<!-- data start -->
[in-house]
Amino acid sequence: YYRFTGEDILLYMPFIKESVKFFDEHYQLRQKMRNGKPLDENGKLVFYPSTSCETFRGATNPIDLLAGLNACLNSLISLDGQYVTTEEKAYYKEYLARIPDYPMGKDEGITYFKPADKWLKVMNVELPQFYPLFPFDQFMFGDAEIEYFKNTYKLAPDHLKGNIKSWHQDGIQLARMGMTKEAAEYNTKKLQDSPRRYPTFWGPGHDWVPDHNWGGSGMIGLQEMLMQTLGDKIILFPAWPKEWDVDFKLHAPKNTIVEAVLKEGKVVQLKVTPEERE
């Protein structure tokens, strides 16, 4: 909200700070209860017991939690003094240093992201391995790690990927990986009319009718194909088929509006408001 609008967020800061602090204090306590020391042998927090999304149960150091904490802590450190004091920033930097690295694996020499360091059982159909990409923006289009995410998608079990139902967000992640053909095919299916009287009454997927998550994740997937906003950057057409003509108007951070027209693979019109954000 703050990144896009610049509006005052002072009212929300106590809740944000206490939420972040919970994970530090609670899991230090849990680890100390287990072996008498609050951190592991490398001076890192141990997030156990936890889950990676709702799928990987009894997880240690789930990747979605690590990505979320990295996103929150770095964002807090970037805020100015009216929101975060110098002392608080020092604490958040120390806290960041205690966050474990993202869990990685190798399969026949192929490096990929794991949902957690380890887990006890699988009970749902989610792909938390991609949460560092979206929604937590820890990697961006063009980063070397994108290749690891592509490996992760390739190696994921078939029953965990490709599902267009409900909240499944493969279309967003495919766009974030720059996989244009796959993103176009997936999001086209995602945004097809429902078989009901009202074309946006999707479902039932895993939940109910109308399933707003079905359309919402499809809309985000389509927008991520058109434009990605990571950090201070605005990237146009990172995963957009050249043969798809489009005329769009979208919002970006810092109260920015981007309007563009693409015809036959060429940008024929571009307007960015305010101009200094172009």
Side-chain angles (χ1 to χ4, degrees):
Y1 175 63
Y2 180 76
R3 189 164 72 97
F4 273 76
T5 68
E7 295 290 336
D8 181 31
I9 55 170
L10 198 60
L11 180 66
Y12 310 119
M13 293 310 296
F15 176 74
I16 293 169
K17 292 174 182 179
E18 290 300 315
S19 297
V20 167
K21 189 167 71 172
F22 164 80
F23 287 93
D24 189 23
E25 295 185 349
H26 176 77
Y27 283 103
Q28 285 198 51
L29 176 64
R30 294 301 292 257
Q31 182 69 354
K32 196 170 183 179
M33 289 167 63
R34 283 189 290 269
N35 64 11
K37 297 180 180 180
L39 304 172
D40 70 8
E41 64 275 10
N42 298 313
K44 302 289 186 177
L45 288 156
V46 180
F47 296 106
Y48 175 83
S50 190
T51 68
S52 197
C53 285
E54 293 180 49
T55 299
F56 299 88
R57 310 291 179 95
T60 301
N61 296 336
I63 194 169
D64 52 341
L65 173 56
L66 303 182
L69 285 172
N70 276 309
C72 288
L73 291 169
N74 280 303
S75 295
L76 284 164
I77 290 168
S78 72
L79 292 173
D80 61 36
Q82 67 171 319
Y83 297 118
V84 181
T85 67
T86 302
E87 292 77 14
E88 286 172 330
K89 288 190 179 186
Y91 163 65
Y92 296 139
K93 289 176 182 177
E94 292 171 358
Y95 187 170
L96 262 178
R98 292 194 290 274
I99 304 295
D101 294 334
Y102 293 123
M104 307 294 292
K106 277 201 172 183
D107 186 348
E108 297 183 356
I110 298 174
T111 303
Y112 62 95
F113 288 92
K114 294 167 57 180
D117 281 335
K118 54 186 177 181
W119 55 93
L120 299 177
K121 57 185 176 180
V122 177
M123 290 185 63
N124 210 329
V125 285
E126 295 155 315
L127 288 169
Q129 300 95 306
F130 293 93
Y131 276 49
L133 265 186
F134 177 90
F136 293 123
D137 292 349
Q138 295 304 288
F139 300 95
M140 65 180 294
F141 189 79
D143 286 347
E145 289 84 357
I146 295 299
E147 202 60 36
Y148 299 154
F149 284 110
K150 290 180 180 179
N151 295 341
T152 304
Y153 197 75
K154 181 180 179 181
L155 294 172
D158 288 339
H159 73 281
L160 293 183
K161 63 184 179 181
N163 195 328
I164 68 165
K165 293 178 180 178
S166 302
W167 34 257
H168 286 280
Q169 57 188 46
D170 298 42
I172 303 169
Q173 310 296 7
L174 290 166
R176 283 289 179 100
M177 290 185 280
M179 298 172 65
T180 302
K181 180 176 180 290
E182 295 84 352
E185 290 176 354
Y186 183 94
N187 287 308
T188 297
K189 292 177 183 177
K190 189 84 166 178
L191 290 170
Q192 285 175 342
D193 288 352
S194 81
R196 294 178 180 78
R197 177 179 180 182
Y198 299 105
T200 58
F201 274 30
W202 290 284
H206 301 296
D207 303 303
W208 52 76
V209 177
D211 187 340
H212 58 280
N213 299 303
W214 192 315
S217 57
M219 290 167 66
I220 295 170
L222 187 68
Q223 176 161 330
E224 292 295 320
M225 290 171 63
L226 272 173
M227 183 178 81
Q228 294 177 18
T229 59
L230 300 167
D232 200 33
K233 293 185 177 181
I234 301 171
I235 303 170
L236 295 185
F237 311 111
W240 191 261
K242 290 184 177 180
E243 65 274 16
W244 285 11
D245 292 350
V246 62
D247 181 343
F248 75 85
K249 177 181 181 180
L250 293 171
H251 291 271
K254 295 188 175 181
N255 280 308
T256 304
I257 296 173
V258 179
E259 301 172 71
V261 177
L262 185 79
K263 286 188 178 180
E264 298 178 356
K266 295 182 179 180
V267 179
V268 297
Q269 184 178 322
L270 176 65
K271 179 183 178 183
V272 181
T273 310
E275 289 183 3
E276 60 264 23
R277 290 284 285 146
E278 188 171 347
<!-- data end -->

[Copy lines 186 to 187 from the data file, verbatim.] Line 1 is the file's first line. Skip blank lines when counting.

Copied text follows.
L226 272 173
M227 183 178 81